When it’s time to choose a digital marketing agency, even cursory research will show you’ve got thousands to choose from, all the way from one-person shops to sprawling companies with multiple locations. Some focus heavily on one particular strategy, while others offer a broad menu of services. So, how do you choose an agency partner that best suits your needs?
Here are four important steps in the process:
Step 1: Know Your Own Needs
What’s most important to you?
- Do you work in an industry where in-depth knowledge is crucial?
- Are there specific services you need? Is a flexible, highly customizable approach important?
- Is the location of the agency important?
- Is local marketing best for your company? Or it is national, international, or a combination?
- Will the agency need to have proven experience in integrating its efforts with in-house marketing teams?
Ask all key players at your company for their list of wants and needs, compile them, then prioritize them.
Step 2: Conduct Multi-Pronged Research
Search online to find a list of agencies that, at a high level, look like good matches for your company. Also, browse the web to see what digital marketing campaigns appeal to you. What, specifically, about those campaigns is attractive? The touch of humor in them? The compelling storytelling? The hand-in-glove pairing of text and visuals? If you can articulate what you appreciate about those campaigns, and that isn’t covered in your list from step one, then add it. Which agencies manage the campaigns that dazzle you?
Also, use your personal network to find out what agencies are recommended by people you trust. When you ask people in your professional organizations, do you hear the name of the same agency more than once? While that’s not definitive, that’s a plus for that agency. Do you hear more than one person tell you to avoid a certain agency? If so, why? Be sure to talk to people who are likely to have contacts in the marketing space: web developers, graphic designers, videographers, printers, writers, public relations practitioners, or anyone in a creative field.
What awards has a particular agency won? Are they national awards? How prestigious are they?
Step 3: Dig Deep
You now have a list of what you want and need, as well as a list of agencies that can potentially fulfill those needs. Now, take a deep dive into the websites of the agencies that appeal most to you. Read the bios of the marketing team and review what services they offer. How well-structured is its own website? Are there barriers to usability? How clear and compelling is their copy? Do they avoid overuse of jargon, which can confuse more than it can clarify? Try not to focus too much on small details that you don’t like, such as a color in the design or a word that you wouldn’t use. You can share your specific preferences with the agency for your site. The goal here is to narrow down your agency list to a manageable few.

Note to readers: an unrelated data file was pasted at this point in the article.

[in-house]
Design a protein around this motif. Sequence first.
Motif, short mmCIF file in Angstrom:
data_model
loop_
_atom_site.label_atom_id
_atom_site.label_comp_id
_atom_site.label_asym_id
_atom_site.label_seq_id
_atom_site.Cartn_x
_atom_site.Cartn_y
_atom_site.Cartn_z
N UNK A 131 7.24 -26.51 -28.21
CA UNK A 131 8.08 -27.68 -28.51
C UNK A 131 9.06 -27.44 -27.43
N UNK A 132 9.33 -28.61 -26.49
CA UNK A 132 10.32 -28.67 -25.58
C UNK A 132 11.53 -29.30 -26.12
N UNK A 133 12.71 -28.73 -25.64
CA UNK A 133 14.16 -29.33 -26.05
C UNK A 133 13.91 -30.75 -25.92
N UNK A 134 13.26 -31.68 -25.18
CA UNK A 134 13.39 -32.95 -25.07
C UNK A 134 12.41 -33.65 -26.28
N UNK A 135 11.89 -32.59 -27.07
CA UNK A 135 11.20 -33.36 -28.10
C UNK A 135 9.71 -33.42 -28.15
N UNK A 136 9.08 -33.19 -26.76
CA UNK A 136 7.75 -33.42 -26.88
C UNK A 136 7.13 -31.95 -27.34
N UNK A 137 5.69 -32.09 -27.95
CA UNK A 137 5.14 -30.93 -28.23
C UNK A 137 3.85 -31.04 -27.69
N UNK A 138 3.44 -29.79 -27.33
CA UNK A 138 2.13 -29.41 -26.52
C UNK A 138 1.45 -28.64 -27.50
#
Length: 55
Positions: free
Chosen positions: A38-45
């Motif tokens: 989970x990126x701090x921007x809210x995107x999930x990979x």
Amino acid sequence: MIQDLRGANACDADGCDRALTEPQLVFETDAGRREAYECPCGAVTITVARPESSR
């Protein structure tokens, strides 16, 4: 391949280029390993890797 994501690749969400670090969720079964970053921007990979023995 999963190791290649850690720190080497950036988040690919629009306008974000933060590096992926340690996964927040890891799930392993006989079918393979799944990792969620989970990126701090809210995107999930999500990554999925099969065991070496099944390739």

Step 4: Testimonials Tell the Story
The reality is that anyone can create a website. That’s why you should take time to review testimonials and case studies. If a site doesn’t have any, that doesn’t necessarily mean they don’t do great work – but it could mean they’re new to digital marketing and don’t have significant experience. Is that who you want working on your digital marketing campaign?
For sites that do have testimonials, do they have an actual company name attached to them or are they “blind” or otherwise composite testimonials? There can be good reasons for testimonials to occasionally omit a specific company name (perhaps reading “leading dental company” instead), but if most or all of the testimonials are that way, that’s a potential red flag. This could mean a company is lukewarm about having a testimonial on the digital marketer’s site or it could mean the agency didn’t get permission to post the testimonial and so is using the remarks in an anonymous way. Ideally, most to all of the testimonials should include the name of the actual company providing them.
If you’ve found a digital marketing agency with plenty of professional testimonials posted with the company name attached, this should move it up the list. Double-check to ensure the testimonies include specific, quantifiable data. If they’ve increased organic traffic, by how much? What about conversions? How much did they go up? What about time on-site? Is it improving?
Do the testimonials include quotes by the client? If they do, especially if the name of the person being quoted is listed, that’s another big plus.
Close to the Finish Line
You may have started with a reasonably long agency list early on. That’s only natural. But, by the time you put the sites through this process, you will most likely end up with a short list to contact. Here are additional questions to ask digital marketing agencies on your short list about the people who will be working on your account, the kickoff process and what your day-to-day experience will be like with them. Also ask for references you can contact, then follow through.
Although these steps can take some time, digital marketing can be a significant investment. Help ensure a return on that investment with a thorough agency vetting process.
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